Swimming in a Sea of Courts: The EU’s Representation Before International Tribunals

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Abstract: The judgment in case C-73/14, Council v. Commission, forms part of the saga of inter-institutional disputes arising after the entry into force of the Treaty of Lisbon in the context of EU external representation. The Court in this case, in line with Advocate General Sharpston, excludes the applicability of Art. 218, para. 9, TFEU to the submission of statements by the EU before judicial bodies established by international agreements. In this case, the Court established the applicability of Art. 335 TFEU as a sufficient legal basis for the Commission to represent the EU in international judicial proceedings. Insofar as there were no policy-making choices in the submission of the statements for ITLOS advisory opinion in Case No 21, Art. 16, para. 1, TEU had been fully respected. This was also the case for Art. 13, para. 2, TEU and the duty of loyalty, insofar as the Commission had duly consulted the Council and taken the observations from the FISH and COMAR groups into account.

Keywords: institutional balance – sincere cooperation – EU external representation – international courts and tribunals – Art. 218 TFEU – ITLOS – ECJ.
 

I. Introduction

The judgment in Council v. Commission for the first time raises the important issue of European Union (EU) external representation before international courts and Tribunals. While Art. 335 of the Treaty on the Functioning of the European Union (TFEU) provided for a basis for the Commission to represent the EU in Member State courts, the Treaty text is not very clear as to whether the delivery of statements before international courts and tribunals would fall within Art. 335 TFEU or would constitute statements in ‘bodies set up by an international agreement’ in the sense of Art. 218, para. 9, TFEU.

The case at issue arises in the context of the International Tribunal on the Law of the Sea (ITLOS) Advisory Opinion in Case No. 21, handed out on 2 April 2015, in response to a request by the Sub-Regional Fisheries Commission (SRFC) on questions related to the liability of the flag State for illegal, unreported and unregulated (IUU) fishing within the economic exclusive zone (EEZ) of States other than the flag State. Besides, it also covered the question of liability where the fishing license had been issued within the framework of an international organization in order to know whether the State or the international organization should be liable.[1] Therefore, while taking place in the course of an Advisory Opinion procedure, it raised important points of law that are of key interest to the European Union.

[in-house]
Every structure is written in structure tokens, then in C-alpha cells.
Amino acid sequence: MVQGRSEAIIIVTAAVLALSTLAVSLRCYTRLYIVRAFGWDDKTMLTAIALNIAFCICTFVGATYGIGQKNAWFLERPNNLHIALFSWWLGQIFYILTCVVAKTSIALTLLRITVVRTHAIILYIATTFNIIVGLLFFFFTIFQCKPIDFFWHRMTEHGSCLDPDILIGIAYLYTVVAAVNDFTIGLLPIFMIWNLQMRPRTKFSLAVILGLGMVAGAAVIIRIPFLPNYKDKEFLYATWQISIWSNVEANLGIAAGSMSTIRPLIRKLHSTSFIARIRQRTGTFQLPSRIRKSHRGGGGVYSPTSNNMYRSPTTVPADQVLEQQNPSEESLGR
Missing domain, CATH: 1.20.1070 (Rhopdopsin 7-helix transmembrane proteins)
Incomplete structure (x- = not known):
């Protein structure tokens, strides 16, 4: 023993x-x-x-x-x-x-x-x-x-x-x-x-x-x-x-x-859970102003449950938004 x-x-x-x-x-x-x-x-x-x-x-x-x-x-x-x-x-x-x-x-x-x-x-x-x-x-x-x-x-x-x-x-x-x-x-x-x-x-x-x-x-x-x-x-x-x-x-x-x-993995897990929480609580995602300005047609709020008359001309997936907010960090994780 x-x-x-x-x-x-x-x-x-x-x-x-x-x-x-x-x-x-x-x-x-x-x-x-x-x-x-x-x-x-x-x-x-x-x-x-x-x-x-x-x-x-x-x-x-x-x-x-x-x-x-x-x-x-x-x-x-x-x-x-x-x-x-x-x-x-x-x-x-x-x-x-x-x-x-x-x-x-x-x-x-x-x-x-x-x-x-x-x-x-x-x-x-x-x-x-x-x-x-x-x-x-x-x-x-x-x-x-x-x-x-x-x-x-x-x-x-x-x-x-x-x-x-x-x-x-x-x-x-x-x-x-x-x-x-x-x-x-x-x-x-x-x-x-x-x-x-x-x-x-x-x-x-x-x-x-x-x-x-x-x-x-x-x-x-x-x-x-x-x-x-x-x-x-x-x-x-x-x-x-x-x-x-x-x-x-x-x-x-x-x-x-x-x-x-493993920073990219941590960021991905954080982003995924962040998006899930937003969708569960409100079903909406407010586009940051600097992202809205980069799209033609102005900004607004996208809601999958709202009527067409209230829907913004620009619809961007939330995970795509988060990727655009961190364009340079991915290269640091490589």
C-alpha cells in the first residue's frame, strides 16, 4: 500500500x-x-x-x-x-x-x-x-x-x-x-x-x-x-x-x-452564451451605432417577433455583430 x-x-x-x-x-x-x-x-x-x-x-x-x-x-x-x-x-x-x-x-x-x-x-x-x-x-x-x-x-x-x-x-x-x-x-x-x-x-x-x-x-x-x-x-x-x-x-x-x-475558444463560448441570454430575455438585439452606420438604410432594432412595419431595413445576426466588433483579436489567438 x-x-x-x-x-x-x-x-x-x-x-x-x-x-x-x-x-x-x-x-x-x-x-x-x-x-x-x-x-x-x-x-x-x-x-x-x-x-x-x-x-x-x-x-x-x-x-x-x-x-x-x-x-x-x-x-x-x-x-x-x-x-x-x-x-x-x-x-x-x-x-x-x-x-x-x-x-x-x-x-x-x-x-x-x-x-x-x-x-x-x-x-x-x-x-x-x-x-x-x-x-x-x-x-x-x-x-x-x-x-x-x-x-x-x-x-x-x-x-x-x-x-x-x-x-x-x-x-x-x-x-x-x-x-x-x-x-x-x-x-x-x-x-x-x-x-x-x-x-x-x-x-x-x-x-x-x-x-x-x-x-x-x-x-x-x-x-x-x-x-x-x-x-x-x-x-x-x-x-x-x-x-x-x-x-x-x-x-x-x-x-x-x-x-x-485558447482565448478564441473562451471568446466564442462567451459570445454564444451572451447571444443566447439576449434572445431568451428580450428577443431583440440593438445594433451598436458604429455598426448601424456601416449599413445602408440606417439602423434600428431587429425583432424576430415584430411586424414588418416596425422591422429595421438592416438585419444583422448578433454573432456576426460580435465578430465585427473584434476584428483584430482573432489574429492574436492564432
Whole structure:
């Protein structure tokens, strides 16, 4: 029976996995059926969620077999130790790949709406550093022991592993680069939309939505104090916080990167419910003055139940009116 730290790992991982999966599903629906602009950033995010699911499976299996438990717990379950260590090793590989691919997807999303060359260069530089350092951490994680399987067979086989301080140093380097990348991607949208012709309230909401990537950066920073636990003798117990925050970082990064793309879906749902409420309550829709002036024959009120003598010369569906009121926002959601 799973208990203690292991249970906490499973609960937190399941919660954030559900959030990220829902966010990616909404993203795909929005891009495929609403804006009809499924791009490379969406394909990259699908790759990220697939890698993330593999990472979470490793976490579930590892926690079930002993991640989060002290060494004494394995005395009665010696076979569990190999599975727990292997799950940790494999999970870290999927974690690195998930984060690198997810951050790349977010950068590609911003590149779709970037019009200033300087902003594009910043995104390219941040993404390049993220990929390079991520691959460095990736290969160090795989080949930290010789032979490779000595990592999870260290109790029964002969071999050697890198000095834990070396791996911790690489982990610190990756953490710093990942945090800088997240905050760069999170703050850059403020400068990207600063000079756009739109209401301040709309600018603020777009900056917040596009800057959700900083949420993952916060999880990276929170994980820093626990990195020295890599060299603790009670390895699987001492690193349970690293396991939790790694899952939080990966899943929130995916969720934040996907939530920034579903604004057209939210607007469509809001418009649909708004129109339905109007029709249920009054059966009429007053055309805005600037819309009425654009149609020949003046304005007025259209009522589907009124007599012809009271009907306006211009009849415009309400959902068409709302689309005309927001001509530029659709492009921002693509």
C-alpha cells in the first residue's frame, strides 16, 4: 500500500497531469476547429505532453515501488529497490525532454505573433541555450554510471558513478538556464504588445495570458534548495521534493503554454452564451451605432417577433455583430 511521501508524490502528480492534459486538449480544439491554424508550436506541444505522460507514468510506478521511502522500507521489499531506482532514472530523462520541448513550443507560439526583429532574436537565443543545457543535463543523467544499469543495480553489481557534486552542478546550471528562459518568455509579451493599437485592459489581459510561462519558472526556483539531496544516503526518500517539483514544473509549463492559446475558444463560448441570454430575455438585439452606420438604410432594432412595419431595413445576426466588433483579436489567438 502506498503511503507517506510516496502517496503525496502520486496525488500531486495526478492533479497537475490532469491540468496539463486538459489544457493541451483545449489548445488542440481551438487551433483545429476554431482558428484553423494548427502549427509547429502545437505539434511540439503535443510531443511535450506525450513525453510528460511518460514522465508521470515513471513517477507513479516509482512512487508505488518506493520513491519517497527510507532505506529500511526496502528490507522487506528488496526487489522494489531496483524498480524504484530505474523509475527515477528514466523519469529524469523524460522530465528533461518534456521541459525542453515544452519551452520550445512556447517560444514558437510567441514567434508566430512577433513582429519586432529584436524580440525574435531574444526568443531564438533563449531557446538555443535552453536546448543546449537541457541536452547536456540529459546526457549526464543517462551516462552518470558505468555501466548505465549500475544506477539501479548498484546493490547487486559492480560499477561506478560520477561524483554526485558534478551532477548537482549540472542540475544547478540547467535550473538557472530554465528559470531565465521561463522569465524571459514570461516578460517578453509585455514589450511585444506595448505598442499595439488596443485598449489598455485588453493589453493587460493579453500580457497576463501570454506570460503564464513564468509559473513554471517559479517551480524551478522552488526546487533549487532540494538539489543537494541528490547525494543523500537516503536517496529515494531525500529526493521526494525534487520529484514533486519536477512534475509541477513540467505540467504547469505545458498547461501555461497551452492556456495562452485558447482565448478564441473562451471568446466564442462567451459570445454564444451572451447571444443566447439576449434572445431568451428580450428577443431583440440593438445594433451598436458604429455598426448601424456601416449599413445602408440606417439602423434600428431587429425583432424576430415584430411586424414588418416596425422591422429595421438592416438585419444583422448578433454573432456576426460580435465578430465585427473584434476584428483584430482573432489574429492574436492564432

In the context of the request for an advisory opinion from the SRFC received by ITLOS on 23 March 2013, the Commission adopted on 5 August 2013 the decision concerning the submission of statements on behalf of the Union in the context of the Advisory Opinion procedure in Case Number 21 on the basis of Art. 335 TFEU, according to which the Union is to be represented in legal proceedings by the Commission. This request was also examined within the Council by the COMAR and the FISH groups where the Commission reaffirmed its intention to submit written observations without the need of the Council’s approval. The Council working groups and the COREPER contended that its prior approval was required on the basis of Art. 16 of the Treaty on European Union (TEU). The Commission maintained its view that it was fully entitled to submit observations while having to keep the Council fully informed in respect of the duty of cooperation.